Of course, I’m not the only Senator who has offered reasonable, job-creating amendments to the Bring Jobs Home Act. Numerous amendments have already been offered and I’m sure that more are on the way.
Sadly, if the recent past is any indication, there won’t be any votes on amendments to this bill.
The Bring Jobs Home Act is not designed to create jobs. It’s not even designed to pass the Senate.
Once again, the entire purpose of this bill is give Democrats some political talking points as the August recess approaches. Having an open and fair debate on amendments would distract from this partisan goal.
That being the case, it’s doubtful that any amendments are going to be considered on this legislation, which is a shame.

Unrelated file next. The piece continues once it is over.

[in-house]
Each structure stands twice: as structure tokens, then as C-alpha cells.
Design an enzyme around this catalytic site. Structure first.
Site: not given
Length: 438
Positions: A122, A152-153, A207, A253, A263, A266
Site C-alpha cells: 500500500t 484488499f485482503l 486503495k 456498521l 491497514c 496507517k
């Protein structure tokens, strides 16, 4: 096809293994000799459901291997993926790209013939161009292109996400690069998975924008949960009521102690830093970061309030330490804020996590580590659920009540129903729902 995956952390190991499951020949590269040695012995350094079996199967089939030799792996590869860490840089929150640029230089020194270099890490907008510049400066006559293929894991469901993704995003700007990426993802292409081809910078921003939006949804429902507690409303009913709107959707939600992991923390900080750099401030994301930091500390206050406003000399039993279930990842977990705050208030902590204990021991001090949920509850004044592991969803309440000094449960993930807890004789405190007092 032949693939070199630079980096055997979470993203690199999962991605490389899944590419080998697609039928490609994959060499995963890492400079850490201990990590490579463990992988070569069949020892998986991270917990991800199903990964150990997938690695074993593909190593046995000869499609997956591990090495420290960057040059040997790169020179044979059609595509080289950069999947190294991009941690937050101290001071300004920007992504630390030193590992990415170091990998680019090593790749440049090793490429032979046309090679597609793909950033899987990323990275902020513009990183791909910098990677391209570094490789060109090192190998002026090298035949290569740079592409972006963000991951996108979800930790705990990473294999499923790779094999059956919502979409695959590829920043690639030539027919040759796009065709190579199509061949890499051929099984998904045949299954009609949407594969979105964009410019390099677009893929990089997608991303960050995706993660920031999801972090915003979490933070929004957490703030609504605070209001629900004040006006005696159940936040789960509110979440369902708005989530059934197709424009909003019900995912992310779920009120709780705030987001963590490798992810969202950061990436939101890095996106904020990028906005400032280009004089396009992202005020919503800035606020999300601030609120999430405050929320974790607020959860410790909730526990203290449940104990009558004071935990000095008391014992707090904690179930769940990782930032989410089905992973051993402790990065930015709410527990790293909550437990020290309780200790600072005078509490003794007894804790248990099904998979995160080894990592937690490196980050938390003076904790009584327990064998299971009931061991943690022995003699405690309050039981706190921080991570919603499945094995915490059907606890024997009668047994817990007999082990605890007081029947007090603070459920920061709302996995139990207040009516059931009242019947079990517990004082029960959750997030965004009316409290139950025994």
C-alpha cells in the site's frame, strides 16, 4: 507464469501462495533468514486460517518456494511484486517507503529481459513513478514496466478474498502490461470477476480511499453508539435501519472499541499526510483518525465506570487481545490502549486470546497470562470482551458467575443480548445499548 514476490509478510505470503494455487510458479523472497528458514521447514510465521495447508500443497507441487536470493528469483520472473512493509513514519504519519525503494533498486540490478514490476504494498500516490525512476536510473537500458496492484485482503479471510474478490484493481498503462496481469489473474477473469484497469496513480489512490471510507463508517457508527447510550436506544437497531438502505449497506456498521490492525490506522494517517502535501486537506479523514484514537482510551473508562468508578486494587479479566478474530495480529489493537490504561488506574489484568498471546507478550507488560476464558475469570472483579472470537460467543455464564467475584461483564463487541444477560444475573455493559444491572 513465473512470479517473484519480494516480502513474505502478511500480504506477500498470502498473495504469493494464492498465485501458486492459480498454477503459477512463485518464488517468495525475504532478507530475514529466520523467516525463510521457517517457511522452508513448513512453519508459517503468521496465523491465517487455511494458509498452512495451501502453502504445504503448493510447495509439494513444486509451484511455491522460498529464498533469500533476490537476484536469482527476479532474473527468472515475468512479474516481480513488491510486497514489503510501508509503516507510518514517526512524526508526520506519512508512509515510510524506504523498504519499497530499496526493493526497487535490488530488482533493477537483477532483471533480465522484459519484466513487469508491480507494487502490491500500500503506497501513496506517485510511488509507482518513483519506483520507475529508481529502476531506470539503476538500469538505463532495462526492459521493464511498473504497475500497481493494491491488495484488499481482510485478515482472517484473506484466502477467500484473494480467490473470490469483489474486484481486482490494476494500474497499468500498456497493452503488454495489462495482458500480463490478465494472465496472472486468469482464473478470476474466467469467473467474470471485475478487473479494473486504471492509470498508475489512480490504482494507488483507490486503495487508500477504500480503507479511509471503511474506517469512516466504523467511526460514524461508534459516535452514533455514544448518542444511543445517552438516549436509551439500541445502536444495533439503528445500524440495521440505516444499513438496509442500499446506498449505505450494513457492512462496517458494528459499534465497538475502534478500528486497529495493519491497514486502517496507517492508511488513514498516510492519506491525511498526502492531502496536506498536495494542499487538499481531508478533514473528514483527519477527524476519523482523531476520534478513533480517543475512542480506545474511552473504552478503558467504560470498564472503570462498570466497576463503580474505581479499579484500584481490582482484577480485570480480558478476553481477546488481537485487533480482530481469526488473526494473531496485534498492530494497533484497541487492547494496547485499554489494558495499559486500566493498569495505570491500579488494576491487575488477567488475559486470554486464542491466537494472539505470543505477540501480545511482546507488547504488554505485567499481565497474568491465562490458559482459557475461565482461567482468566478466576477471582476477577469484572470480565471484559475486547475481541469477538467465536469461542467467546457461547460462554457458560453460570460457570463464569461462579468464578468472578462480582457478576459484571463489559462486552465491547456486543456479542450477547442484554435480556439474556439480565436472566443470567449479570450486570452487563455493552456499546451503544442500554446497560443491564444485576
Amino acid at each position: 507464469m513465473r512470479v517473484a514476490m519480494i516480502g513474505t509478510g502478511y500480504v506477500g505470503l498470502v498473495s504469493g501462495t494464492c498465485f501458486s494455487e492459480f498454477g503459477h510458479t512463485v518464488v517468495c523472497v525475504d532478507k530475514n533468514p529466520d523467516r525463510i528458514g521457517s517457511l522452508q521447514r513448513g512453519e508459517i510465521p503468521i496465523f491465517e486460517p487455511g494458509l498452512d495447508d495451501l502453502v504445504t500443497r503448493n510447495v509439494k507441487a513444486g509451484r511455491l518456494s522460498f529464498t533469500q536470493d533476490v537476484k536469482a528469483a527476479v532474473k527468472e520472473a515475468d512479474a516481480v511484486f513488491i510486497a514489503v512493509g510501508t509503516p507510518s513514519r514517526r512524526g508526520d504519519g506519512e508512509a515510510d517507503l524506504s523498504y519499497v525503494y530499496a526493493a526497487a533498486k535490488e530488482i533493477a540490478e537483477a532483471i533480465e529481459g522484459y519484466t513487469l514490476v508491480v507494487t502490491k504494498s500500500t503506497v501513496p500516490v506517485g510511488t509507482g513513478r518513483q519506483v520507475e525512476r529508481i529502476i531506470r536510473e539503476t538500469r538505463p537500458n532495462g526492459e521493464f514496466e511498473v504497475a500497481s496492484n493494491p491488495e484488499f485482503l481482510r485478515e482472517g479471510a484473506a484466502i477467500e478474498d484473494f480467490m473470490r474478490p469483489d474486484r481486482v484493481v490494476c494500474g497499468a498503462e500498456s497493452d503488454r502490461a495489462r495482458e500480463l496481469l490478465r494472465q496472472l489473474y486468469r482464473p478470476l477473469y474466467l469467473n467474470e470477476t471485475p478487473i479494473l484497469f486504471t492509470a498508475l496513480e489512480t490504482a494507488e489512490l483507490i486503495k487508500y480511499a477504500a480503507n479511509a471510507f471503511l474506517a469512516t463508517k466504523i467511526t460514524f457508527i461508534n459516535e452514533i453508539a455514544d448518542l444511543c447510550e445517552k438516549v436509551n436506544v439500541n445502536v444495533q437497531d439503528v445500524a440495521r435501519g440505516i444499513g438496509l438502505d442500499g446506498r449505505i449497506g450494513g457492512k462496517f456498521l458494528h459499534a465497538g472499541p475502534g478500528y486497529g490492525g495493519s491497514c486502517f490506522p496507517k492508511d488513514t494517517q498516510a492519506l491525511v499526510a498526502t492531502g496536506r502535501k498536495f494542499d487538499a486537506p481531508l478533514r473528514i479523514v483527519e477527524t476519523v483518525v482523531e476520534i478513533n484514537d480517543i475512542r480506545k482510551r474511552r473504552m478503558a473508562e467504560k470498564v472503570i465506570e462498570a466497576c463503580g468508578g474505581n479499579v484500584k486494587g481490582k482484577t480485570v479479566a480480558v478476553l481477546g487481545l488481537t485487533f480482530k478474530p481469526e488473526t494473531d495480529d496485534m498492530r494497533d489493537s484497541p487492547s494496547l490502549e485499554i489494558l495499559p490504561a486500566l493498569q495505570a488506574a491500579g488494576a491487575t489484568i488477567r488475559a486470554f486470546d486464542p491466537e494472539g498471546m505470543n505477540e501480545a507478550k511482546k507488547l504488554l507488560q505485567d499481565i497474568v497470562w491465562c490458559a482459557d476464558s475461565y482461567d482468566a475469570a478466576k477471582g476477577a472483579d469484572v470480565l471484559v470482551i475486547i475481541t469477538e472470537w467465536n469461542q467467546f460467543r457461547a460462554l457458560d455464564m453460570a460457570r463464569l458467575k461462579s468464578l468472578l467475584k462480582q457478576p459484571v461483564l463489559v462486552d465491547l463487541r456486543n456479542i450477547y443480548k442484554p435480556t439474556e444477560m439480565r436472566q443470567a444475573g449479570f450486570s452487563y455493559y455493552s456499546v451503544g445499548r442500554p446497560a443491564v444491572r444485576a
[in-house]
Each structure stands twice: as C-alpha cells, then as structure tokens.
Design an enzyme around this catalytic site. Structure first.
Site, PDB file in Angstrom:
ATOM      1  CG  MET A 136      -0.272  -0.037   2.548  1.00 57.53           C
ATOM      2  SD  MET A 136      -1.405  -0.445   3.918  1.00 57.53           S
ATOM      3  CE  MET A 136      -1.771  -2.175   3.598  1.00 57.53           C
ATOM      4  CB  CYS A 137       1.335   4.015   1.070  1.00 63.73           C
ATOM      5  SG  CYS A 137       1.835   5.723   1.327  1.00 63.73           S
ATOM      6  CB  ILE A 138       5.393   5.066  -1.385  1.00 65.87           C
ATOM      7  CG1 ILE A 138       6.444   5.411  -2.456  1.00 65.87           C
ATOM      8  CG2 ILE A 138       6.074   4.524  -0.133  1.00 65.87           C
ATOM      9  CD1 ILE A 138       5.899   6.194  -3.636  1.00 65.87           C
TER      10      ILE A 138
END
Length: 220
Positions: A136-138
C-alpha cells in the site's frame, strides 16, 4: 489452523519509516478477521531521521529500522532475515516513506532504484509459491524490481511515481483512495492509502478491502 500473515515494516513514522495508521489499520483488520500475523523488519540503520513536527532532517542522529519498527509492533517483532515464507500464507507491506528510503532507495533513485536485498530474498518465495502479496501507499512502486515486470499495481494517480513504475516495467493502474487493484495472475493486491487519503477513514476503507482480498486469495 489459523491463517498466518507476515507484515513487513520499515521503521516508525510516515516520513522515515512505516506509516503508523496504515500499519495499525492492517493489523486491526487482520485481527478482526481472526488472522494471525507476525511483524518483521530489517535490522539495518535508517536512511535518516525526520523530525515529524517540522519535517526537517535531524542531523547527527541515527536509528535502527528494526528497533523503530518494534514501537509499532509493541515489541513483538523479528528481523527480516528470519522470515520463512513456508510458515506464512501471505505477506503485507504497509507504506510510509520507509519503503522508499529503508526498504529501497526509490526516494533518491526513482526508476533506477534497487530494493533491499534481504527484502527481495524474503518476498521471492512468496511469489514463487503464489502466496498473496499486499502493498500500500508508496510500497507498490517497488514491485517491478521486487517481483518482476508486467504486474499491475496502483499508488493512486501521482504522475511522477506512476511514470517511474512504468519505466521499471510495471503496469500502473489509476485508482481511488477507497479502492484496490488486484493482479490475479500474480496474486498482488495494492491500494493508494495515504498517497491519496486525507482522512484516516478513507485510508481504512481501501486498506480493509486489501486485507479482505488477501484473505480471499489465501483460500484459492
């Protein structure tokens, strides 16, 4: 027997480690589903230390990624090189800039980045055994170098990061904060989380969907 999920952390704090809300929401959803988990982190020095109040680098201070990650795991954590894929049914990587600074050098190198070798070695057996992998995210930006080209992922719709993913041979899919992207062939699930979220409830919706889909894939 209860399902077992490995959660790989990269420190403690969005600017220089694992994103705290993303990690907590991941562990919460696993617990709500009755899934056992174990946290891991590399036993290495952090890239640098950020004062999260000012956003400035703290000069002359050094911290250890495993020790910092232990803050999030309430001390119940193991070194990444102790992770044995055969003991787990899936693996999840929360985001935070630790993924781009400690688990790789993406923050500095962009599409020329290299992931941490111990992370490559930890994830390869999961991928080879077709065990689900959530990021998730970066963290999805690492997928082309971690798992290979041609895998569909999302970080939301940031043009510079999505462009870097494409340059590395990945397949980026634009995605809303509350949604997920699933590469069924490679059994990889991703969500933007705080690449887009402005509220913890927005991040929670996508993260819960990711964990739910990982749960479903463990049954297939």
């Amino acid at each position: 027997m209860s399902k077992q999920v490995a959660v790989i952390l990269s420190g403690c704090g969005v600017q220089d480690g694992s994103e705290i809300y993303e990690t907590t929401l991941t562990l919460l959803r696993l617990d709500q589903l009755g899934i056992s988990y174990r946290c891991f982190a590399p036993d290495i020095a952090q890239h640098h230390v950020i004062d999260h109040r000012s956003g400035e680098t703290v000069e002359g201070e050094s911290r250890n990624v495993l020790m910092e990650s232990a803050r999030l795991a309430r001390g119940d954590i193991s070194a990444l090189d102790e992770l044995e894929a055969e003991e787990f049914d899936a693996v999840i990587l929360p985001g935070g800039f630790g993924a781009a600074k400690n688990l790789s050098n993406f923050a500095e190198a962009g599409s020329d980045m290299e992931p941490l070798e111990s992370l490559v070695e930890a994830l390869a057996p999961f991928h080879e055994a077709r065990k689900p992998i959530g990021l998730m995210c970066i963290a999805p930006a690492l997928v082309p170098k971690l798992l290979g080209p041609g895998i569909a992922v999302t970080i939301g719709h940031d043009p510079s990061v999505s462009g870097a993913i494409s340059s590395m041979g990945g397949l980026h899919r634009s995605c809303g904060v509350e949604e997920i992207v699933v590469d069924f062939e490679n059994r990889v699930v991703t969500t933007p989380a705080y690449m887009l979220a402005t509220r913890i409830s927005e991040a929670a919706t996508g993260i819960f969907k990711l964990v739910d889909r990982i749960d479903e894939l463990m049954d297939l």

The stated purpose of this bill is create and protect American jobs. Republicans have amendments that would do that and more. I’ve just mentioned a few such amendments that would have a far greater impact on American workers and businesses than the bill before us today.
If we’re serious about this idea of creating jobs in the U.S., let’s have a real debate about it.
Let’s discuss some alternative approaches.
Let’s talk about the real problems that are hampering job growth.
And, let’s vote on some of the ideas that we’ve proposed.
I hope that we can do that this time around. But, of course, I’m not under any illusions that the Democratic leadership here in the Senate is about to change course and let this body function the way it’s supposed to.
I hope I’m wrong. But, sadly, I don’t think I am.
I yield the floor.